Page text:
Ramaphosa calls for ‘agriculture revolution’ in land reform
The new ANC president wants to end ‘derelict’ farms returned since 1994
ANC president Cyril Ramaphosa says he will commission a study into what has been done with farms that have been redistributed since 1994.
Speaking after a meeting in the Abathembu kingdom near East London, ahead of the ANC’s 106 anniversary celebrations this weekend, Ramaphosa said that many of the farms that had been returned since 1994 were "derelict". He said an "agriculture revolution" was needed to ensure that land reform resulted in a productive outcome.
"Many of those farms are not being worked. I am going to order a study to be made on all the returned agricultural land and what we can do with that agricultural land to change things [for the] better," he said.
Ramaphosa’s comments are particularly apt in the context of the wider debate over land reform in which it has been argued that it is not the need for compensation that has resulted in failed land reform, but the implementation of land-reform policies.
"Let us work this land. Let us demonstrate to ourselves to start with that we can actually work the land. Let us demonstrate to all that we are ready to revolutionise agriculture in
our land and that we are ready to go into agroprocessing and that we are ready to set up industrial nodes all over in the rural areas in our country," Ramaphosa said.
The ANC resolved at its national conference in December in Johannesburg that it would initiate amendments to the Constitution to allow for land expropriation without compensation. To do so it will require the support of a section of the opposition to meet the two-thirds threshold. The EFF has previously promised to put its 6% at the ANC’s disposal for
Ramaphosa, as the newly elected ANC president, undertook in his closing remarks to the conference to lead the implementation of the policy.
His comments on Thursday were the first substantive remarks on land reform since his election. Details of the policy, are sketchy. It was agreed on at the 11th hour after debate that was so heated that it "almost collapsed the conference".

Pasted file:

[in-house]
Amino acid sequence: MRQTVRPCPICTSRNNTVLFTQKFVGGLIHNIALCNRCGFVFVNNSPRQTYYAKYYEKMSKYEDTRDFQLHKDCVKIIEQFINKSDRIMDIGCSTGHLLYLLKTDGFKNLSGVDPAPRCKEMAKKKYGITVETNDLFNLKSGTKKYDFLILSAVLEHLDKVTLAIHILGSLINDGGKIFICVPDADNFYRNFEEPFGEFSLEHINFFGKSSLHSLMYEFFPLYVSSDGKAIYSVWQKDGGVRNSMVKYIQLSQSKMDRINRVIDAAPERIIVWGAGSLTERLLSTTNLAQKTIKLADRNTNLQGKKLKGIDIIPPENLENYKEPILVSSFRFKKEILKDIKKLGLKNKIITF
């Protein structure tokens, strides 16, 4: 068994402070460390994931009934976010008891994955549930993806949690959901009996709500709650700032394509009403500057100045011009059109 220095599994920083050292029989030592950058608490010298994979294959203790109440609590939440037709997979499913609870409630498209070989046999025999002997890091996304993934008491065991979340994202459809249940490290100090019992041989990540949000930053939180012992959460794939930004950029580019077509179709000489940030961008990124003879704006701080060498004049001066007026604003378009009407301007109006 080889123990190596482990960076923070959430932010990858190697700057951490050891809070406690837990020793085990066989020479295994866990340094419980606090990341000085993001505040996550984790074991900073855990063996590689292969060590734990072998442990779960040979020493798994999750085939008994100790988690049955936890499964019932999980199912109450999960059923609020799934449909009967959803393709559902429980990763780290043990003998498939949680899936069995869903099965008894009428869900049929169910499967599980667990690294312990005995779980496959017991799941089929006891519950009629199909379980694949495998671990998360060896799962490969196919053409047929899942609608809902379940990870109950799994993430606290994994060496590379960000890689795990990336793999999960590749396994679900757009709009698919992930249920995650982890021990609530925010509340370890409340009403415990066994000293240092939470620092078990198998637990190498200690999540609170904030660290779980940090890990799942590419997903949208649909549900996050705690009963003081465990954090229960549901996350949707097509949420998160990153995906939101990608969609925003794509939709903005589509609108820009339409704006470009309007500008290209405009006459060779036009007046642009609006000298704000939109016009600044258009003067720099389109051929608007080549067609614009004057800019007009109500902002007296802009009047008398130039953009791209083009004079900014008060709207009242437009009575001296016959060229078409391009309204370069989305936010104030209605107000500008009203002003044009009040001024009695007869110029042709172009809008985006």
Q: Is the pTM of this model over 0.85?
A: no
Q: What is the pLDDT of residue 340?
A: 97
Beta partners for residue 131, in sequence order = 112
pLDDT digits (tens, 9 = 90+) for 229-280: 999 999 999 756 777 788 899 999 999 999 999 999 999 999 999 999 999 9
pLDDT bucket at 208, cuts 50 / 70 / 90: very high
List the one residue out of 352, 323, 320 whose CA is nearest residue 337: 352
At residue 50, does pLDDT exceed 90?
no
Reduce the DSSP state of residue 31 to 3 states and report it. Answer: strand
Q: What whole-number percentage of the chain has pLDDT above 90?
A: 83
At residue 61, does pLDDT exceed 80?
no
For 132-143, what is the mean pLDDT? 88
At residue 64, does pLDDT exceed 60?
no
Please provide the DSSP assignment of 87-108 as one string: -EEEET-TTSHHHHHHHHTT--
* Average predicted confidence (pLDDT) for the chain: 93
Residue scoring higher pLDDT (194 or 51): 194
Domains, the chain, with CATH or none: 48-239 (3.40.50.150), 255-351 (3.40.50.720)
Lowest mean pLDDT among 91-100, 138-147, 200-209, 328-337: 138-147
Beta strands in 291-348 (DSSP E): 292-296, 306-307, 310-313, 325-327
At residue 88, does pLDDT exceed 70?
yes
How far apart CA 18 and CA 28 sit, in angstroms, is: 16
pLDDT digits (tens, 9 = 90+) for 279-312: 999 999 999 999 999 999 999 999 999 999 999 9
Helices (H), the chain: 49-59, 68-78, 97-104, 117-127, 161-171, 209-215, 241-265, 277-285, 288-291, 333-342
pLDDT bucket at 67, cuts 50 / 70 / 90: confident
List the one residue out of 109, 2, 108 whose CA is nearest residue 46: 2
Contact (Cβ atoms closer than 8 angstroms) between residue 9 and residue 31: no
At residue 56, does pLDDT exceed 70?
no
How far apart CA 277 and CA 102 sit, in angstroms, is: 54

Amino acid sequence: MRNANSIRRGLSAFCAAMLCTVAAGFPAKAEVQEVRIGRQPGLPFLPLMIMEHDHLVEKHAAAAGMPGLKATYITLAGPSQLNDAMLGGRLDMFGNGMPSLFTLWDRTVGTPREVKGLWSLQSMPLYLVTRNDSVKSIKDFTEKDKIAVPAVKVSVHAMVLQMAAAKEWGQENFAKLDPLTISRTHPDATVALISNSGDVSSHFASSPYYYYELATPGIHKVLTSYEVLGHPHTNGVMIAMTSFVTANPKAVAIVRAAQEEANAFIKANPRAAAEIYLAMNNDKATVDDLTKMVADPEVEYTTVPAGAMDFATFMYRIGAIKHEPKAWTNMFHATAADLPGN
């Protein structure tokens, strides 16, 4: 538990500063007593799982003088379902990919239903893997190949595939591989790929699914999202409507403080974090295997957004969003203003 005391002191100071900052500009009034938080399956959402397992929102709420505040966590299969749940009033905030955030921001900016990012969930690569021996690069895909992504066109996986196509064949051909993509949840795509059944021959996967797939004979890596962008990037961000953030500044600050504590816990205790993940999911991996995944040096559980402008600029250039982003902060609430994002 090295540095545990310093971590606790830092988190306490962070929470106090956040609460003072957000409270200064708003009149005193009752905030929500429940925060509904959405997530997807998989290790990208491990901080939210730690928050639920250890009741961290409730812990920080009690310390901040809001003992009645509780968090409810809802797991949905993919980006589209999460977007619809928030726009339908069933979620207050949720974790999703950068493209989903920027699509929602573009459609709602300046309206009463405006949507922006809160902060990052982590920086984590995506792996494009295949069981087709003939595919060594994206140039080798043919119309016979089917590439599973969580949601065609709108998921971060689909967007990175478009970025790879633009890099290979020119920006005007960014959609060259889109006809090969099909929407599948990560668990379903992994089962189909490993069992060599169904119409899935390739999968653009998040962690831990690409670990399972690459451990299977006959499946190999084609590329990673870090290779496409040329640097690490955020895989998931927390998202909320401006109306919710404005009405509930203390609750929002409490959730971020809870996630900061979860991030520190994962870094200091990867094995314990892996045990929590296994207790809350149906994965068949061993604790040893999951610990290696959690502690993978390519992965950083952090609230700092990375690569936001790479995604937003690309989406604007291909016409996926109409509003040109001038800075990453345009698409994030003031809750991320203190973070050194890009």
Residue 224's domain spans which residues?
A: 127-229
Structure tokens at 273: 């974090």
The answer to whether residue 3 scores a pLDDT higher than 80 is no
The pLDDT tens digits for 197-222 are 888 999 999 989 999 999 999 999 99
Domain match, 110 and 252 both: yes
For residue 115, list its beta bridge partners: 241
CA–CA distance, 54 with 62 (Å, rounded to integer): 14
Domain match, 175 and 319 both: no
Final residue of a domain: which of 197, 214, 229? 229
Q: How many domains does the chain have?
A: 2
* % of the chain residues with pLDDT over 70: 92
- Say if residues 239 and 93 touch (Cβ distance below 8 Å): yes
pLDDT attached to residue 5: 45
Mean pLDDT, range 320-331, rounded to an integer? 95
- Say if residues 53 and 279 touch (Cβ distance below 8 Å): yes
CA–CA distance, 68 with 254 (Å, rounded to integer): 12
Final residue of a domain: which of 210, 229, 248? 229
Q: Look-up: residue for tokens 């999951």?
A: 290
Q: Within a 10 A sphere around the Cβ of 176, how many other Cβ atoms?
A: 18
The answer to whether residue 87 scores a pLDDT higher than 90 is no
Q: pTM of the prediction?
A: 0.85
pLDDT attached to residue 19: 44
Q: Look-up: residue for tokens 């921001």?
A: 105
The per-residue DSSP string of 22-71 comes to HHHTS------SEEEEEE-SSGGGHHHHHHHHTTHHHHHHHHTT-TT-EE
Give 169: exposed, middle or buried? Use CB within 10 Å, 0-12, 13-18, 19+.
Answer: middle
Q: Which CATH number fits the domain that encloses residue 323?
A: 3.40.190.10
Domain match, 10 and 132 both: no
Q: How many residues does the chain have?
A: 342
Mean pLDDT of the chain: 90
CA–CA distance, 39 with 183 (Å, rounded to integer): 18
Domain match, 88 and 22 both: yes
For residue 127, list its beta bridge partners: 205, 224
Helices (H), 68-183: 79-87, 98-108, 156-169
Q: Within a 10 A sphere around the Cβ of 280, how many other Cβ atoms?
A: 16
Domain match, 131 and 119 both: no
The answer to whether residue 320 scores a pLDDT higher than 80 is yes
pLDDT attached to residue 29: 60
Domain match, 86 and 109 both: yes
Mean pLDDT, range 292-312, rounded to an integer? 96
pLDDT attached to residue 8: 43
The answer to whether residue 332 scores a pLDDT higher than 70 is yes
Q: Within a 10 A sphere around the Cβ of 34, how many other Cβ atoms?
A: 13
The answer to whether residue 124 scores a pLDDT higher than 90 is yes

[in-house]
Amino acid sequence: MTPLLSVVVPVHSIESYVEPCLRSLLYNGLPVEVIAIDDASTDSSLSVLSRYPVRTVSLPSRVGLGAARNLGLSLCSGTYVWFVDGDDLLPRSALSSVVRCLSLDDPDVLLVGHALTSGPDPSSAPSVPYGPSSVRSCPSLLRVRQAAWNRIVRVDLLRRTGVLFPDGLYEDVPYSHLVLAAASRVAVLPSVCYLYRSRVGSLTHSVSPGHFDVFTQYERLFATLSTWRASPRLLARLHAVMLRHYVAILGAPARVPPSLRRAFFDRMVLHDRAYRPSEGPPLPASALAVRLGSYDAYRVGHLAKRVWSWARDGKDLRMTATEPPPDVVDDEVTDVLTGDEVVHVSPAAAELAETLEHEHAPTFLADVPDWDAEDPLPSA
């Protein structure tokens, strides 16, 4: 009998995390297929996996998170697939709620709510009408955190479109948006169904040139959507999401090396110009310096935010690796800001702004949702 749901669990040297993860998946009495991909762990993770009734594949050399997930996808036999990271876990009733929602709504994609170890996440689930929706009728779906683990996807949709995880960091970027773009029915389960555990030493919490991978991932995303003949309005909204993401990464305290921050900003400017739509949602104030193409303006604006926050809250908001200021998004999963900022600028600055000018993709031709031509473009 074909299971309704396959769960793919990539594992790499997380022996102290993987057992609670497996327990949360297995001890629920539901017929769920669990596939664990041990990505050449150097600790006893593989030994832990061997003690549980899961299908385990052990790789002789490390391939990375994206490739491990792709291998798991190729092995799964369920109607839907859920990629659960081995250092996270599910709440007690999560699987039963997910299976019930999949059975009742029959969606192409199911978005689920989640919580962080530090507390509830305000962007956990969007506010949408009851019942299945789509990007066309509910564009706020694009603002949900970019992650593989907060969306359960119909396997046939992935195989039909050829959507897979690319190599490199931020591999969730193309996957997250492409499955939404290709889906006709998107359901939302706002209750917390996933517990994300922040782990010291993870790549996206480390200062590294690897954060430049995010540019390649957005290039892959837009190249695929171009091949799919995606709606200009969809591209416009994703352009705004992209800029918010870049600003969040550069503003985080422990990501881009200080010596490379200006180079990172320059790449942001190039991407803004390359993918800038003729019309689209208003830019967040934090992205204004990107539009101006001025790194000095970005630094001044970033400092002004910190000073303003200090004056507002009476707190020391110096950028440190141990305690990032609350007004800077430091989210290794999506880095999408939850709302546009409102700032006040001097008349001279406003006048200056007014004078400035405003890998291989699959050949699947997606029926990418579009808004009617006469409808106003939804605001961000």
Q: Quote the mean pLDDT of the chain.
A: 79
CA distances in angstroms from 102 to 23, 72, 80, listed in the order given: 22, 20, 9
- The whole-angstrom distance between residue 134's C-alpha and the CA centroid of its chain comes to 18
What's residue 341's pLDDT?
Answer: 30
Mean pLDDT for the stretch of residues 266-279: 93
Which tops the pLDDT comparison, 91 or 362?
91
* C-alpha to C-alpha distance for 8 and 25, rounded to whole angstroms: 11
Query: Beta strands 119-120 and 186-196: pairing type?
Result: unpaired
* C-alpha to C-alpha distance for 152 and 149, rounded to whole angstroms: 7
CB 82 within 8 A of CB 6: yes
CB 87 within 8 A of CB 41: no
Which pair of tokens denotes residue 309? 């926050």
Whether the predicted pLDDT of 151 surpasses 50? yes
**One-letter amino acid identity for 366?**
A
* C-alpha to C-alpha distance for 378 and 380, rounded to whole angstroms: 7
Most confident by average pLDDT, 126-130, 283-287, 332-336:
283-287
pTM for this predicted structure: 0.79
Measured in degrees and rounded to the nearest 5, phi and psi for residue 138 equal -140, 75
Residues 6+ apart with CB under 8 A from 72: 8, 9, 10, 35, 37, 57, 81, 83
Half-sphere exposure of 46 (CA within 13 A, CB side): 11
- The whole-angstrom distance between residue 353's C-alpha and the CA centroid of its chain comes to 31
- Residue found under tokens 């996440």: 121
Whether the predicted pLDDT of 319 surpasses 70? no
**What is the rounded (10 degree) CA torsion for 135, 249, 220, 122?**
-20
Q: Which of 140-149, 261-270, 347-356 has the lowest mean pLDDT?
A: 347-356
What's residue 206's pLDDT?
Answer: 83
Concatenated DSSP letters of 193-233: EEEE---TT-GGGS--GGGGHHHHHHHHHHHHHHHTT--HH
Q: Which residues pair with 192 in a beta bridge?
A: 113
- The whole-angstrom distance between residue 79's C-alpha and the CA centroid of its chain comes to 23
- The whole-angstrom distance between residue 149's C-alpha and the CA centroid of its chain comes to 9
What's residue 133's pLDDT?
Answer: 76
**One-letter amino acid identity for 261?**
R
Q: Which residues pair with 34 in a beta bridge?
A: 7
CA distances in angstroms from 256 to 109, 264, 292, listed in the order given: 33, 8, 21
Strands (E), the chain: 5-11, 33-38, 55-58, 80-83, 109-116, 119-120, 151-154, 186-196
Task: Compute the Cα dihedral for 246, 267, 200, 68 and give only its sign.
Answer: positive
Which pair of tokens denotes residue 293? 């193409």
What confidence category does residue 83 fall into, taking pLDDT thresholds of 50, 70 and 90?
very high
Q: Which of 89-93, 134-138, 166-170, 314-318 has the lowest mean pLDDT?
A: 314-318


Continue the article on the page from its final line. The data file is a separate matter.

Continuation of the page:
While the ANC placed some provisos on the conditions under which land may be expropriated, the wording of the final resolution on land reform is yet to be released by the ANC.
Speaking at the conference, outgoing ANC economic policy head Enoch Godongwana said that care would be taken to ensure that neither food security nor the financial sector, to which farmers are heavily indebted, were negatively affected by the ANC’s expropriation policy. Ramaphosa echoed this in his remarks and said that where appropriate land ownership would be restored without compensation, but in such a way that agricultural production was increased.
"To anybody who stands in the way of the implementation of ANC policies we say we will push you out of the way."
Ramaphosa said the ANC leadership was determined and prepared to work hard for the interests of the people.
"We are not working for a few people. We are not working for a few families," he said in a side swipe at former ANC president Jacob Zuma, who has been accused of allowing the state to be captured by the Gupta family.
Ramaphosa told the audience that "thieves (amasela) must
be thrown out and that those who steal must steal among themselves and not steal the state’s money".
Before meeting members of the Abathembu kingdom, Ramaphosa also met members of the family of Nelson Mandela at Qunu, before his address on Saturday in East London.